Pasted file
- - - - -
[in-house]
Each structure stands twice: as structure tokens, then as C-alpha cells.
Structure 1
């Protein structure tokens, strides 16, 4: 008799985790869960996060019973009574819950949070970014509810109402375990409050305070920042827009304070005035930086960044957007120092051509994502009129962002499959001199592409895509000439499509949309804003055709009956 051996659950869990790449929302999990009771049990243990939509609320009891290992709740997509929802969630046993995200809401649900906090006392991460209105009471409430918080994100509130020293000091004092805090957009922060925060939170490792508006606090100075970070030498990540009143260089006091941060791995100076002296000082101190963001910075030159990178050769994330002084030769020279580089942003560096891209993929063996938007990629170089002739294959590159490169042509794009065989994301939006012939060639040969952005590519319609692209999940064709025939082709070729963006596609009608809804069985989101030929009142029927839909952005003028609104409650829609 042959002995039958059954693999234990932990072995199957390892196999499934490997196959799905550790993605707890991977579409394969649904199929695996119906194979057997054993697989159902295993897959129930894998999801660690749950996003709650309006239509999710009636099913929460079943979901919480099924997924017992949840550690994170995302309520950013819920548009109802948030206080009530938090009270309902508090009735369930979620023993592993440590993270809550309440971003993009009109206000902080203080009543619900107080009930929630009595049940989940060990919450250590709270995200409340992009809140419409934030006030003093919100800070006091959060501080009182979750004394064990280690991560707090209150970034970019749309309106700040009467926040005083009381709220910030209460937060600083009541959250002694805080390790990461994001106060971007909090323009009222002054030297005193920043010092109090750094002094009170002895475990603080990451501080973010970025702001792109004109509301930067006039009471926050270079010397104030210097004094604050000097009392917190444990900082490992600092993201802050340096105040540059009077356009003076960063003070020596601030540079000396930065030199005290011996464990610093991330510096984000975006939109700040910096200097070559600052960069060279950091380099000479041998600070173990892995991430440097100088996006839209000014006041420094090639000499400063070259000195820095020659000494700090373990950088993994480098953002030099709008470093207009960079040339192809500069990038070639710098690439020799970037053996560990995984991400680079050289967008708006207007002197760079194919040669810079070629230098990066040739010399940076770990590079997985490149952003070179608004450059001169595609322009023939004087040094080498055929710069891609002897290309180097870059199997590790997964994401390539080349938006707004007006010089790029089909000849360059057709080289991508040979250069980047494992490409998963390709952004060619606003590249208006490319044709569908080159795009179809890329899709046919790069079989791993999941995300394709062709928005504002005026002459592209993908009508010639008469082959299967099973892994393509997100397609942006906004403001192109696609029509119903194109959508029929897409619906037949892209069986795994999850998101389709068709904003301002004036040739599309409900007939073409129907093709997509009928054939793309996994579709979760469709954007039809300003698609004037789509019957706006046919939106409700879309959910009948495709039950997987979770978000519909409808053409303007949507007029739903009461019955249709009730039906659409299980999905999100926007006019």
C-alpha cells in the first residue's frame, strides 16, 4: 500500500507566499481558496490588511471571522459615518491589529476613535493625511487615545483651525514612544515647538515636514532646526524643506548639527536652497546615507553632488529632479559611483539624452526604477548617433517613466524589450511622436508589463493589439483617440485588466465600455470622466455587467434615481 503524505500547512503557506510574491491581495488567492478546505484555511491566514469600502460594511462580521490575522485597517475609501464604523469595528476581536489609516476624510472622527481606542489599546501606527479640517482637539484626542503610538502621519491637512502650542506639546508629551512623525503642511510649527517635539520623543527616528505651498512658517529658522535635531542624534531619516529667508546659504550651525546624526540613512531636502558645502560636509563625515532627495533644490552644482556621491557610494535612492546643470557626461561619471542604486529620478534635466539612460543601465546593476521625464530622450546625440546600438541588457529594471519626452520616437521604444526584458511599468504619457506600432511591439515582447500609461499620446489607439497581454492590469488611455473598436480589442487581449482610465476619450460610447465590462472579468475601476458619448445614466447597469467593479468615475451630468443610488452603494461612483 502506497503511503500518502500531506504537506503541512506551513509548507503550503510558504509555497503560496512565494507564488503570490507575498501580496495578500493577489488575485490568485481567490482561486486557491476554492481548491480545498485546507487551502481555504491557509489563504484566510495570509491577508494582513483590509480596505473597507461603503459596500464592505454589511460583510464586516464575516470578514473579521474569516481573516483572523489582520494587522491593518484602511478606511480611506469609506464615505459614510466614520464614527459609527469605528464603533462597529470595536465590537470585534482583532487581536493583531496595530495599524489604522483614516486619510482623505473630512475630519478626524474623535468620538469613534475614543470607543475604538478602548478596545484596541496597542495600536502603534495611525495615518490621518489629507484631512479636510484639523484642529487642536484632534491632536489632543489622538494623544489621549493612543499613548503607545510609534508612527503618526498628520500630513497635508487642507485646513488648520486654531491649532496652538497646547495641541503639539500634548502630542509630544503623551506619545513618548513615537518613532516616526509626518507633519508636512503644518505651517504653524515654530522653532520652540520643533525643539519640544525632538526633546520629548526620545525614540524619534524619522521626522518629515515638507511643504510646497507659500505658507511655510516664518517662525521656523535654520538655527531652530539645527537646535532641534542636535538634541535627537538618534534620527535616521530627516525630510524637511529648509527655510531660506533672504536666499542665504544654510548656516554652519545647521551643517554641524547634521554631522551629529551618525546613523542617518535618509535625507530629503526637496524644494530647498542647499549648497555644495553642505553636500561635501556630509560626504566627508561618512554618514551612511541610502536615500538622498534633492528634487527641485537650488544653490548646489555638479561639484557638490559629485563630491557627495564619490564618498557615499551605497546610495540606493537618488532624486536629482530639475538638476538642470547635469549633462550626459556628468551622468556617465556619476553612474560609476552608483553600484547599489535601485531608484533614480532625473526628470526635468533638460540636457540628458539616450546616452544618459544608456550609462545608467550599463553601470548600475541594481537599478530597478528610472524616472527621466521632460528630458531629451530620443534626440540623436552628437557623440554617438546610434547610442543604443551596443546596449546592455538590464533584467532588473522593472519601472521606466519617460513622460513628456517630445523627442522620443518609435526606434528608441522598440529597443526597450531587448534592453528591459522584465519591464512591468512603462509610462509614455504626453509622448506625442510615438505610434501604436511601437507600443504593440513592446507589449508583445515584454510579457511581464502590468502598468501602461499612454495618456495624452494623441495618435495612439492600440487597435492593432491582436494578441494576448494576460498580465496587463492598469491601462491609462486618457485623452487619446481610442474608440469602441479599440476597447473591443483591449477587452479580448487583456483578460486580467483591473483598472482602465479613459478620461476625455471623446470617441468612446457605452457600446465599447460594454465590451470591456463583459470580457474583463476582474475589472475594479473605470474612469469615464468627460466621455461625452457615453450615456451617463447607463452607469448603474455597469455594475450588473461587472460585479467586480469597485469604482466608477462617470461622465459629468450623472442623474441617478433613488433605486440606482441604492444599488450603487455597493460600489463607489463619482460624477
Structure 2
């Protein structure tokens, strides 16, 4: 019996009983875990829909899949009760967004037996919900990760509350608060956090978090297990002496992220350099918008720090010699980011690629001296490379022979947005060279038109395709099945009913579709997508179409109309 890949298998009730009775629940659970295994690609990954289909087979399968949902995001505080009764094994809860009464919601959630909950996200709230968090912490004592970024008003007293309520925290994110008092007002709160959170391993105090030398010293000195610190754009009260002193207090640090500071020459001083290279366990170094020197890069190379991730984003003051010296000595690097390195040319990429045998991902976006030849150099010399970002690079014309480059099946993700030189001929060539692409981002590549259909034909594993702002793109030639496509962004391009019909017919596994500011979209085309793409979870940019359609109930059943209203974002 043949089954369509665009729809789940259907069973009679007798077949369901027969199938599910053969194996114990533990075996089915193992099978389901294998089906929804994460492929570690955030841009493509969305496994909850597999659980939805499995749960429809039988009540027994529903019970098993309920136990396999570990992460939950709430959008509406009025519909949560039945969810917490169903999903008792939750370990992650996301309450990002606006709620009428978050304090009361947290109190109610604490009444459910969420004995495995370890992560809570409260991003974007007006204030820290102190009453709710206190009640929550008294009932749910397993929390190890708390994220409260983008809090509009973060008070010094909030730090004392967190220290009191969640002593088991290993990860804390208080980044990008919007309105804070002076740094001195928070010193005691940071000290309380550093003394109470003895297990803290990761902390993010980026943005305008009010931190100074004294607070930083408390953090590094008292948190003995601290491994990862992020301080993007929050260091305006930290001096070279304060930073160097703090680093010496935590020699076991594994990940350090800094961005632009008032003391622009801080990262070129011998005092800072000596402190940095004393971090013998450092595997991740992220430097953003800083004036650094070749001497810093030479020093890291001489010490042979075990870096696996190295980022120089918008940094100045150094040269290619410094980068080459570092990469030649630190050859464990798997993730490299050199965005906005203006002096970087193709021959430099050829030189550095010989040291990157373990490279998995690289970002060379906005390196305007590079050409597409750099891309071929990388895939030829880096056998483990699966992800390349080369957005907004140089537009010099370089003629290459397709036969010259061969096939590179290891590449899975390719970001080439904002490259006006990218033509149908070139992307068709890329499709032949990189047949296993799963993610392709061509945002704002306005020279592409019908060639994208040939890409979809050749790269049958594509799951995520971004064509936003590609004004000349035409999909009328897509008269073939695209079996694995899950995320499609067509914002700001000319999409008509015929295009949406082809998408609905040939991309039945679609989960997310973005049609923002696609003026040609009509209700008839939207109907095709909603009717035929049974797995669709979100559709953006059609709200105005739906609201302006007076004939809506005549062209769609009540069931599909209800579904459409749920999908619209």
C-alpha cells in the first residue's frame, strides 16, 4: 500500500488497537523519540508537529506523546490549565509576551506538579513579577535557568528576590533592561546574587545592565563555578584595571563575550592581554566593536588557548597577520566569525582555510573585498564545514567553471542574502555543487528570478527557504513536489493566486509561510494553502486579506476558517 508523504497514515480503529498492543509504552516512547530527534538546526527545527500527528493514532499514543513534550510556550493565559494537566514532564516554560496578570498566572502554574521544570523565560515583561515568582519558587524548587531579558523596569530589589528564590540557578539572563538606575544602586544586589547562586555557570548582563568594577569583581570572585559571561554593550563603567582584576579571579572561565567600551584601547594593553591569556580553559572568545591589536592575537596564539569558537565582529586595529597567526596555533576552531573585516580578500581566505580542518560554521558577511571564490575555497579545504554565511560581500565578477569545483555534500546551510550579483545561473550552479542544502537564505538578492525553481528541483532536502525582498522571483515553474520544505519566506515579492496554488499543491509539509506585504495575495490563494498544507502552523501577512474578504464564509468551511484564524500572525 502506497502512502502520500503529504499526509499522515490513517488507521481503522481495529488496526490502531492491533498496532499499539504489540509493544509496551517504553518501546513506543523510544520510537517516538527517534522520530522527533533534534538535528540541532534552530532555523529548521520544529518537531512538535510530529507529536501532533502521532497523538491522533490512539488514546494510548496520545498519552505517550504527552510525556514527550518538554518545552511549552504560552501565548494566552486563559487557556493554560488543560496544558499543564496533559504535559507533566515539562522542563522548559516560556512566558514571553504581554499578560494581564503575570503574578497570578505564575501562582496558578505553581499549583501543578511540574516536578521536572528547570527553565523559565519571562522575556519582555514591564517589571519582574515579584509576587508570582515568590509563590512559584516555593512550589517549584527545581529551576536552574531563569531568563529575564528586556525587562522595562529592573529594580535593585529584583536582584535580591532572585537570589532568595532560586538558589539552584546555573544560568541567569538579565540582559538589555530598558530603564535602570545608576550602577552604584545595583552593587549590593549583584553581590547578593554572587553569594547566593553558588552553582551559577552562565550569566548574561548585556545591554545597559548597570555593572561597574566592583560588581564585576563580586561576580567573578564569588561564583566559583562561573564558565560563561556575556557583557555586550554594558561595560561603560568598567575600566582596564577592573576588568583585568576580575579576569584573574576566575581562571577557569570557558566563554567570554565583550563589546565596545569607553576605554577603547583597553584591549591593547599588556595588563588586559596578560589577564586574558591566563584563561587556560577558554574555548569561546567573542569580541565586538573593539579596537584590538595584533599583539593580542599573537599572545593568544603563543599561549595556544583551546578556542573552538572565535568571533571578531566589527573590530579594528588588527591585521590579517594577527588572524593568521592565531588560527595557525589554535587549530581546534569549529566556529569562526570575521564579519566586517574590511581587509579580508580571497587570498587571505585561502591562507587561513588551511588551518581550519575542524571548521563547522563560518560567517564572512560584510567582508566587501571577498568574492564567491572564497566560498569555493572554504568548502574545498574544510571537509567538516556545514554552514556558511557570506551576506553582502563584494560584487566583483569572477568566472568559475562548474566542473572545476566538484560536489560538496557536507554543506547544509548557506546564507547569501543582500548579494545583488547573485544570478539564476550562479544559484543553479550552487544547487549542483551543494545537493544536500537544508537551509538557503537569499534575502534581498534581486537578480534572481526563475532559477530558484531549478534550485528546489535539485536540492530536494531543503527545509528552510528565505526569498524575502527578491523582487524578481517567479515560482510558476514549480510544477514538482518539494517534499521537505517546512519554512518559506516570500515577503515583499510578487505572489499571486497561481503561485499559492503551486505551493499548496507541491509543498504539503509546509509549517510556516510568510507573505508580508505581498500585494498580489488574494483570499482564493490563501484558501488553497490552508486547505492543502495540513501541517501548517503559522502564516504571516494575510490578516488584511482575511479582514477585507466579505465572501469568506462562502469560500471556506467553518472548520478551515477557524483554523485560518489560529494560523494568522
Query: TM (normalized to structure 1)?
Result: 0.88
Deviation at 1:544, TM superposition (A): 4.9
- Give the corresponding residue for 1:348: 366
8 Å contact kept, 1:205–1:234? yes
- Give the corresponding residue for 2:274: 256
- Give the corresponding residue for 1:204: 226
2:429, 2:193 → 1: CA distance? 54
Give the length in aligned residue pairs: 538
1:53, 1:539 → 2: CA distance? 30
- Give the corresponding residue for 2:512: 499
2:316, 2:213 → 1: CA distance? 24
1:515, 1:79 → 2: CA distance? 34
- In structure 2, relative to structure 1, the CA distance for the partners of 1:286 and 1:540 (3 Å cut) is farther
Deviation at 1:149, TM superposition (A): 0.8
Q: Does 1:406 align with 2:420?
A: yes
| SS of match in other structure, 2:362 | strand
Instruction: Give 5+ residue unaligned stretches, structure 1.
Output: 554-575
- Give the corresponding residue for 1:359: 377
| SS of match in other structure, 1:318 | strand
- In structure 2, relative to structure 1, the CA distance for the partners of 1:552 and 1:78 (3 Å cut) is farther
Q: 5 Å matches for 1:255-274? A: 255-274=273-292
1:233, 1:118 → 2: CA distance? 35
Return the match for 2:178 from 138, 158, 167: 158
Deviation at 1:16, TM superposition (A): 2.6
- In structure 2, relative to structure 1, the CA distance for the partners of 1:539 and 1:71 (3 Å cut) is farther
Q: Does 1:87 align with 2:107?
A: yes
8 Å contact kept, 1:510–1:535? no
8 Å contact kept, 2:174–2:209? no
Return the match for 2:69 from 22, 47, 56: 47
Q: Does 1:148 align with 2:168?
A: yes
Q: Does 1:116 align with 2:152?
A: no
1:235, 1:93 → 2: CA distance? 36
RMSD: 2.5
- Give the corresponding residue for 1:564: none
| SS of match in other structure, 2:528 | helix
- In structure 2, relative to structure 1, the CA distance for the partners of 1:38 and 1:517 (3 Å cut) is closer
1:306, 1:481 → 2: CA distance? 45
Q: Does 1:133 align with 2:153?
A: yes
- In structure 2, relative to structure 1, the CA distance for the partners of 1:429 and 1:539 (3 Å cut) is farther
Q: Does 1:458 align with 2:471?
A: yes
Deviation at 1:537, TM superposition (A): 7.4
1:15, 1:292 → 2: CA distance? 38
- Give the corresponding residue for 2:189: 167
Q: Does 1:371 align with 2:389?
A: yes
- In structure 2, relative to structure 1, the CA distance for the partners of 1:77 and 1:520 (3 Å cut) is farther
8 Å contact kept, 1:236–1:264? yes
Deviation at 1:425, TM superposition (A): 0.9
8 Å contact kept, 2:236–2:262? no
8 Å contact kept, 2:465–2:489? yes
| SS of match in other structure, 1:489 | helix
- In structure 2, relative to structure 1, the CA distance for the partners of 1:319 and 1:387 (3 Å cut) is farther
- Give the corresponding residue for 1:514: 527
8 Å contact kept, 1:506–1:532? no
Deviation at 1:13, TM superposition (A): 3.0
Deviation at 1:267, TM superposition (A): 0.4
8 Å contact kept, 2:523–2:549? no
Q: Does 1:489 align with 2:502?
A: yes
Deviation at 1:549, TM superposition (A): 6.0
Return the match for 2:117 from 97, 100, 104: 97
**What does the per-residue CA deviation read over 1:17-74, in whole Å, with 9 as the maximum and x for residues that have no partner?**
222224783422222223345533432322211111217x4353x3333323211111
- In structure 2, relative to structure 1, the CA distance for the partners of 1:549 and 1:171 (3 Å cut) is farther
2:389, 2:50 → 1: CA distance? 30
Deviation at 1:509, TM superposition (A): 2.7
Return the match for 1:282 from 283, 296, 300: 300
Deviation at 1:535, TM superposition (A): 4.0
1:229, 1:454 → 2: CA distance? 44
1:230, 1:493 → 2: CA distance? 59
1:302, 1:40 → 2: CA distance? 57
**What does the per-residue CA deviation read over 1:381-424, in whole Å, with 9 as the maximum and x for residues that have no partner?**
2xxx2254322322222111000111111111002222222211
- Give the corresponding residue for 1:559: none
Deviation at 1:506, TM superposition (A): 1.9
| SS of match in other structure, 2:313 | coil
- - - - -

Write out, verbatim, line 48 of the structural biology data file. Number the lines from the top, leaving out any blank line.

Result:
- Give the corresponding residue for 1:564: none